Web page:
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‘On the Edge of Our City’: A Short Story for Yom Kippur by Aharon Appelfeld

A Holocaust survivor wrestles with the angel of history on the beach in Tel Aviv

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Chapter 6

A few days ago, late at night, I approached one of our own and said to him openly: “Doesn’t emptiness oppress you, too, in this season?”

“What emptiness are you talking about?” He opened his eyes in surprise.

“Is there any need to explain?”

“I don’t understand what you’re talking about.”

“About the emptiness. I have no other word.”

“Excuse me,” said the man. “I live my life, and I don’t think about things that are beyond my understanding.”

“But at night, nevertheless, you come here. What brings you here?”

“I come here for fresh air.”

“And nothing threatens you?”

“No, to tell the truth.”

“But you’re one of us.”

“Correct.”

I knew what he was talking about, but still I kept bothering him. It’s hard for me to accept that one of ours doesn’t understand what I’m talking about. I told him that I was reading Primo Levi, and recently Jean Améry. “I don’t read,” he said, short and sweet.

“So what do you do?” I asked, and I knew nonsense had left my mouth.

“I’m a practical nurse in a hospital,” he answered and turned his back to me.

That night I wandered on the seashore for hours. I felt like a child whose face had been slapped. A few people tried to make conversation with me, but I slipped away from them. I circled the seashore on every side and returned to the lair toward morning. I was tired and didn’t turn on the cassette player. I sat in my armchair and fell asleep. When I woke up, it was already noon. In my sleep I had been far away and tangled in some argument whose remnants clouded up my mind. I didn’t remember what the argument was about. I just knew that my adversary had logical, detailed reasons, and I just repeated a single word like a fool. The more I repeated that word, the rounder my adversary’s face grew. Finally he stopped reciting his sharp arguments in my ears and a kind of thin mockery, the mockery of a victor, broke out on his lips. I was about to tell him, don’t make fun, but the words stuck in my throat. I made myself a cup of coffee and sat at the table. The pungent coffee seeped into me and made me forget the nightmare. Toward evening I went down to the grocery store, bought what I needed, and returned home with a feeling that I had to muster my forces and strengthen myself.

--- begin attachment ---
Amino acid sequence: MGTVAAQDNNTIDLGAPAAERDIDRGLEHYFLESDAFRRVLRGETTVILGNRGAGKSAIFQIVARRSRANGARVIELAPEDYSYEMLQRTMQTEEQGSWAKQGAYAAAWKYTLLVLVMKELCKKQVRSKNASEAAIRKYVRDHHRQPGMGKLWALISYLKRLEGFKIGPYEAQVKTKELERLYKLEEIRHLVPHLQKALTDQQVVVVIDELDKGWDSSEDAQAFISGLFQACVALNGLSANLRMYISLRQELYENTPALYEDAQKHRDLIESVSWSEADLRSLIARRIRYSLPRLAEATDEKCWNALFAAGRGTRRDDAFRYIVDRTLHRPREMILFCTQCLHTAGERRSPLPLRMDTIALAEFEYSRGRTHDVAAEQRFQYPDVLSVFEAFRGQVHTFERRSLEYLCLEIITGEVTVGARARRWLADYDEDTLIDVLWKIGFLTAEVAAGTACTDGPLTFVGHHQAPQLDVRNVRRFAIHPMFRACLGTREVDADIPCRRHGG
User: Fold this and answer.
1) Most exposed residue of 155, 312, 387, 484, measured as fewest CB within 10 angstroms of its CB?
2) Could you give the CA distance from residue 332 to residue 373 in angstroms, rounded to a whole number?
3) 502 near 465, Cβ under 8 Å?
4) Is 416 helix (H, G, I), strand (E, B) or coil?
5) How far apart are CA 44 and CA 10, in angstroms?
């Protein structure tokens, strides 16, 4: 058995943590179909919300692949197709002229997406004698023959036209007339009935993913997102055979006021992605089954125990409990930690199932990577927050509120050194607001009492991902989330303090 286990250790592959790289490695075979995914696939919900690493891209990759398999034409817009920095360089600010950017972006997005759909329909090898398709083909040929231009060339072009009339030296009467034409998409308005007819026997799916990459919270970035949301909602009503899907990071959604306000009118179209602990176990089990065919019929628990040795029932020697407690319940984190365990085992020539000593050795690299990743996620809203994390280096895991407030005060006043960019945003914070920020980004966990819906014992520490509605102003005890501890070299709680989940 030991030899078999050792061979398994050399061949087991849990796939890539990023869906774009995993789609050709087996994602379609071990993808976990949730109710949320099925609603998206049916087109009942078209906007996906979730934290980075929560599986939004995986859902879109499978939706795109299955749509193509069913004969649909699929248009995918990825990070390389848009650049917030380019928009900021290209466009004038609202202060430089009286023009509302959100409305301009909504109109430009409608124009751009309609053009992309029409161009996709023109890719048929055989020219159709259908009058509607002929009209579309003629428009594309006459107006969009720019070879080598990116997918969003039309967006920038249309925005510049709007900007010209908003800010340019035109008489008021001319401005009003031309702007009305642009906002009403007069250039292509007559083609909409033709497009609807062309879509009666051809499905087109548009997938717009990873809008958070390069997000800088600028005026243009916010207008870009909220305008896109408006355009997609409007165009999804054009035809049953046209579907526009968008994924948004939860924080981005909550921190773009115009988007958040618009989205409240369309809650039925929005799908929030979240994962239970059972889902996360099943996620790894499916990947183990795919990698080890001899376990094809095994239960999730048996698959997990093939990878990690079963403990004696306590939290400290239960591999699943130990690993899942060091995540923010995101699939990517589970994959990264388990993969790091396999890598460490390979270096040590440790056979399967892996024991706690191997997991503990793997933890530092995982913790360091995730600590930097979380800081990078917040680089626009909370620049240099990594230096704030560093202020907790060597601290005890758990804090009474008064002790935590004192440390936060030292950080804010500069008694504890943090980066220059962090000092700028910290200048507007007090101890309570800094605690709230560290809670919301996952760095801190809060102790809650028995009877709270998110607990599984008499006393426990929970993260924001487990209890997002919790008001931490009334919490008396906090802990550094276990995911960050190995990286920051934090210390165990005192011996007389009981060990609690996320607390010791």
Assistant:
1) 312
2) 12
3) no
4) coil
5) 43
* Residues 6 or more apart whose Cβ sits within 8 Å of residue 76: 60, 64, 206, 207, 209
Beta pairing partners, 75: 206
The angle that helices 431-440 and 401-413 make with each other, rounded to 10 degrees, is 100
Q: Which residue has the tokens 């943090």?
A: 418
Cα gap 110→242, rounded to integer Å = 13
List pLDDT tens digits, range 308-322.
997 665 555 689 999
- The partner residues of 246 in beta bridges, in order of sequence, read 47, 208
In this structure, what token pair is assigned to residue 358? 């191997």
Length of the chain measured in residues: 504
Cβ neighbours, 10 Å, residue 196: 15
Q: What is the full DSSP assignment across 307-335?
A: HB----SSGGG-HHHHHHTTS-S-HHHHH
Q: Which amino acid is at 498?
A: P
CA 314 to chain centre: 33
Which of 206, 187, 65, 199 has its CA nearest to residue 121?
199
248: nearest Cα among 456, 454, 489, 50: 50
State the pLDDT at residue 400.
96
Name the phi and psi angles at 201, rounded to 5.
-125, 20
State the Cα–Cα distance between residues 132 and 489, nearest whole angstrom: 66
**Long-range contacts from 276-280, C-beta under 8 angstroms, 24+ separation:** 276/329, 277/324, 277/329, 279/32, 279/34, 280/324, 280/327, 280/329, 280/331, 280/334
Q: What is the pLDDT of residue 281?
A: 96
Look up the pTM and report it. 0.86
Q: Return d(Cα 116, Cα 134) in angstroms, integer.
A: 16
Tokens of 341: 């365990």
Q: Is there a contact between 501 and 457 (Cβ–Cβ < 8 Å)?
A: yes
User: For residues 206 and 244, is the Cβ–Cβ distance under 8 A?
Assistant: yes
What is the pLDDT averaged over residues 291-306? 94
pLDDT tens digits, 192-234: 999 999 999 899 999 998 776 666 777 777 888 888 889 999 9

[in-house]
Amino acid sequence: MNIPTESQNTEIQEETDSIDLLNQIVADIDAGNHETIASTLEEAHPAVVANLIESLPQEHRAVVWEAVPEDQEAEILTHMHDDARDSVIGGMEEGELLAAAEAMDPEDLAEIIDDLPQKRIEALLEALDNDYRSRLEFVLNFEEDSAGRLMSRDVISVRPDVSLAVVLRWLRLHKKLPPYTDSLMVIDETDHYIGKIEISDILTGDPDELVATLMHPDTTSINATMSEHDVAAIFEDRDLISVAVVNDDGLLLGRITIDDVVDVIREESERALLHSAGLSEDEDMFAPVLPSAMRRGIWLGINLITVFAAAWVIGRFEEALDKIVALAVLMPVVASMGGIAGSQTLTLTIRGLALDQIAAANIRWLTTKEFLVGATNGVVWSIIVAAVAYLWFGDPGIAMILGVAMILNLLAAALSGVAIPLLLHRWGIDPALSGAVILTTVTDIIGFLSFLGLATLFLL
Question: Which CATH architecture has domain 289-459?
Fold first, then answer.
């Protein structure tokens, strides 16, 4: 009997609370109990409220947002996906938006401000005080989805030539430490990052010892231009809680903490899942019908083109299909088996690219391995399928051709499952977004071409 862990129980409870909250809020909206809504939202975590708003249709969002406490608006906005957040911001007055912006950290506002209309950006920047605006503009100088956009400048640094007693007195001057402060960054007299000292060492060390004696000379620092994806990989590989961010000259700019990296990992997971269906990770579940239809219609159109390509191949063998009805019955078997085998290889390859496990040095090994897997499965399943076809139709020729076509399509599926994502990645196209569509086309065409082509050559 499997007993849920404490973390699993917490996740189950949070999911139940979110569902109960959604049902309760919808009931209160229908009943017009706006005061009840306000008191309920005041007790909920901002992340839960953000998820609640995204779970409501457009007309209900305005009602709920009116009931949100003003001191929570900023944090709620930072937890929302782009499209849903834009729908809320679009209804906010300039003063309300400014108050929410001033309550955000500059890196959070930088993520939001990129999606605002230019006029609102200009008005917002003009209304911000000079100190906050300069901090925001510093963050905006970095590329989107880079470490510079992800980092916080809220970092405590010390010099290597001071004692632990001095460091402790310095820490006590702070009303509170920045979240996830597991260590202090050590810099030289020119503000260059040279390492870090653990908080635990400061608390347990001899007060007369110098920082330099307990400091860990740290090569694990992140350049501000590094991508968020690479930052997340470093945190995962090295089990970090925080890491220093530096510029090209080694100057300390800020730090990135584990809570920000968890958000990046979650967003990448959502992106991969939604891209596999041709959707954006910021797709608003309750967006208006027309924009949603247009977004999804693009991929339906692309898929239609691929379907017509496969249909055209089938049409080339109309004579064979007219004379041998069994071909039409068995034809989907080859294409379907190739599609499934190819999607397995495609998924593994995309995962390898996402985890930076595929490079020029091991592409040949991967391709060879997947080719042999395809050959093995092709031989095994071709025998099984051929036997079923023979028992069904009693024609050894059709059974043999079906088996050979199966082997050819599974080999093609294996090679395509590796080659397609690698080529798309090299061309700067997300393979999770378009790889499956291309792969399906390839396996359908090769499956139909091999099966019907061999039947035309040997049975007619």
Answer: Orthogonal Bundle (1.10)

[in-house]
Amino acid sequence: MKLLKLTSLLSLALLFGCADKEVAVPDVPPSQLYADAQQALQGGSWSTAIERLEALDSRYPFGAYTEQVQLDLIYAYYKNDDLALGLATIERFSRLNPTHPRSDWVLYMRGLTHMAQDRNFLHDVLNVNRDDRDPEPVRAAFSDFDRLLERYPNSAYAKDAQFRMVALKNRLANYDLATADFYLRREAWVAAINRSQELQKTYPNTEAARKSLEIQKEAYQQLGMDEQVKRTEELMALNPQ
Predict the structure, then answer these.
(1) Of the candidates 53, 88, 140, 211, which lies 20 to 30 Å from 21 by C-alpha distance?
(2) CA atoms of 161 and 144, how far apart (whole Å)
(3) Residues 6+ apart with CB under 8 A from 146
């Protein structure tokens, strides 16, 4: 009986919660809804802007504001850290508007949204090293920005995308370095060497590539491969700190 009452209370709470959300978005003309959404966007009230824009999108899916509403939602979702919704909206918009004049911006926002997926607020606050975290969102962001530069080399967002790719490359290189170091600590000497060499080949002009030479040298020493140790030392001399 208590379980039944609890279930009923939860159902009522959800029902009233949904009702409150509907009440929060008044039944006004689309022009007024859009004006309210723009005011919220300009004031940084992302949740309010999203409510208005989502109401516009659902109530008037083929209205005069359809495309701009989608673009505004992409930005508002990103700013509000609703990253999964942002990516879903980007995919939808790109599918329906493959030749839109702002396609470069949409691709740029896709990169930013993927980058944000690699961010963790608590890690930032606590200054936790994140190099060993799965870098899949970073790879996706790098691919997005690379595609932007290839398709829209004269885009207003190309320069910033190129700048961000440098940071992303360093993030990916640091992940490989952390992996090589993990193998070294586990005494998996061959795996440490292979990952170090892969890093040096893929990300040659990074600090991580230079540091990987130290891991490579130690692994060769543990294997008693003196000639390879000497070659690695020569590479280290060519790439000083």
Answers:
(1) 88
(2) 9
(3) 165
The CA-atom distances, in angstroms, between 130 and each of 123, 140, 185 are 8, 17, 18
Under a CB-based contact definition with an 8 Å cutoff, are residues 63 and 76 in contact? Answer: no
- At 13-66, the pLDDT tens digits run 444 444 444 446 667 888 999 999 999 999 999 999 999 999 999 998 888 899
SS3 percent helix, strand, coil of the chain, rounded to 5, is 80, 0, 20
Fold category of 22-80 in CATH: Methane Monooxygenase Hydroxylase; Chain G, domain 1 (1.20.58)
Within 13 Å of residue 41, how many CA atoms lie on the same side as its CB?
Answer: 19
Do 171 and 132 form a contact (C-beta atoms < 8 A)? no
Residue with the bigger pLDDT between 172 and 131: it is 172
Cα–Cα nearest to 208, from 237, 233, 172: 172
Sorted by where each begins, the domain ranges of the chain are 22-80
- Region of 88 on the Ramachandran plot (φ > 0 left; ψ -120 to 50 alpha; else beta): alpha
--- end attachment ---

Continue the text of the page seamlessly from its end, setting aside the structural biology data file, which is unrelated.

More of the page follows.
Before an hour passed, the special delivery postman knocked at my door and handed me a letter. My wife is the only one who sends me special delivery or registered letters. Happy Birthday, she wrote on a pink greeting card. I wish you years of happiness and health. I was about to rip up the card and throw it in the trash. The thought that, after many years of separation, she remembers my birthday stirred a hidden sadness in me. I put the letter on the table and rushed out of the house. On the way I remembered that I had delayed responding to Tina for many days. In her last letter she had praised Bible verses and mentioned our Bible commentator Nechama Leibowitz, who had shed light on several obscure passages. That objective letter actually made me weep.

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‘On the Edge of Our City’: A Short Story for Yom Kippur by Aharon Appelfeld

A Holocaust survivor wrestles with the angel of history on the beach in Tel Aviv